After the continuous discussions of Hurricane Sandy died down on the social media channels, it’s back to politicking. There are only three days to go until the polls close, and both sides of the nation wait anxiously, hoping for a victory for their guy. But articles pop out claiming that Romney is slipping. The governor of New Jersey throws his weight behind Obama, and overall, very few people expect Romney to win. None of that matters of course, it’s still anyone’s game.
It’s almost here
Economic indicators are up, unemployment is down. Housing starts leapt to their highest amount in Obama’s presidency. Studies show consumer confidence rising, and retailers are looking forward to a big holiday season. While a lot of people still struggle to find work, and many have managed to find work but not in their desired field, conditions are certainly improving. None of that bodes well for the Romney camp, who were relying on a receded economy to make their argument for election.
One of President Obama’s biggest critics, the larger than life personality of New Jersey Governor Chris Christie, has done what any good leader would do, he has looked out for his state, coordinated rescue and recovery efforts, and worked hand in hand with President Obama to coordinate the federal aid needed to rebuild his state. All of the hard talk and honesty that Christie was praised for by Republicans during the RNC softened. Christie’s bipartisanship has reminded the nation that speech rhetoric is not how we work together as a nation. That also doesn’t bode well for Romney, who was relying on the division of the nation (the 47%) to energize the other half to vote for him. Images of people working together do not help the Republican cause.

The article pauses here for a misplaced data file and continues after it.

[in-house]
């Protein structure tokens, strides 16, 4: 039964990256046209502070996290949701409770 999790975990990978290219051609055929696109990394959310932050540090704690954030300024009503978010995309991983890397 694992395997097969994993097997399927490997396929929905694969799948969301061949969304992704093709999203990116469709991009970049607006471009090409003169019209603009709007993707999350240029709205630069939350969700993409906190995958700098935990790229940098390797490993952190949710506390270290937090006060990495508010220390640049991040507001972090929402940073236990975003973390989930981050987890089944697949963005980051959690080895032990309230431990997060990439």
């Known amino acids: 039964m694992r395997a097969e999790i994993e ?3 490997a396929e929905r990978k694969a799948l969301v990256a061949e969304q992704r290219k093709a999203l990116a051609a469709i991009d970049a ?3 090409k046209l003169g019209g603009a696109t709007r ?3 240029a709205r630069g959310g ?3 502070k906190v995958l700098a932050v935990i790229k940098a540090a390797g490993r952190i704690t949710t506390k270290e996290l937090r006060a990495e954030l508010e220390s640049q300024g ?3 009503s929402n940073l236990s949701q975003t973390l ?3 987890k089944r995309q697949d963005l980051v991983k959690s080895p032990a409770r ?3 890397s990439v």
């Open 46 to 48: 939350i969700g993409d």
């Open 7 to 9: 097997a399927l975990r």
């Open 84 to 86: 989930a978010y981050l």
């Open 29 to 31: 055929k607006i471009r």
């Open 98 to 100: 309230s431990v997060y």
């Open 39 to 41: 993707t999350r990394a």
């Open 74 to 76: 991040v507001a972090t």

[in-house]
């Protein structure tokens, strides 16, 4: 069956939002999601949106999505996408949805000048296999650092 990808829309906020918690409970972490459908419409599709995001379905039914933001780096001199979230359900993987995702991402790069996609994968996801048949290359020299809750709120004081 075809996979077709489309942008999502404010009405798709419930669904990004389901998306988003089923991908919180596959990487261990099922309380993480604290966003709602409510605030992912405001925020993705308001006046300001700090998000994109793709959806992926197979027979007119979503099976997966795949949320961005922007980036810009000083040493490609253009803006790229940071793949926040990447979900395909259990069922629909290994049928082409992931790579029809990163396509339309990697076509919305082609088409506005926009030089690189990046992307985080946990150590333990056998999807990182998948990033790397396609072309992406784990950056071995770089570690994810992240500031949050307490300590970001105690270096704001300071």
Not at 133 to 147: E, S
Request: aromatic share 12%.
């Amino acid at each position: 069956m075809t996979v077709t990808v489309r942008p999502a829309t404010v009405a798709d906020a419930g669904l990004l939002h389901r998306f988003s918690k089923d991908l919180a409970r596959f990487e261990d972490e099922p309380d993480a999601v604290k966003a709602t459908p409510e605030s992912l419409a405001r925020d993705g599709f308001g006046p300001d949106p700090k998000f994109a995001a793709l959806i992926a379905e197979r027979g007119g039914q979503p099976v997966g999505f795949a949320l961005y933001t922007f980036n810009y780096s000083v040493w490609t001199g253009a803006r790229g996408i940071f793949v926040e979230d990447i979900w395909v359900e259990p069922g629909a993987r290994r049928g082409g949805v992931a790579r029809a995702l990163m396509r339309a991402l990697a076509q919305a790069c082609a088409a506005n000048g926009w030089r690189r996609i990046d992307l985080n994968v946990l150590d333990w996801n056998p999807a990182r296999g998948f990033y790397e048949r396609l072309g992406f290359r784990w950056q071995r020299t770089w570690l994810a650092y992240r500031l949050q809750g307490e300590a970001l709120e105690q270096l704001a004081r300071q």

But the most telling information might be the new Gallup poll that has 54% of the nation believing that Obama will stand victorious, versus 34% that think that Romney will be able to pull it out. To be crystal clear, most polls have the popular vote in a dead heat, with certain swing states unpredictable. But the sounding of who the nation believes it will have as a leader reveals the state of the campaigns and the strength of the candidates. It might not mean anything, but the fact that the number remains essentially unchanged since the same polls in the spring, is intriguing.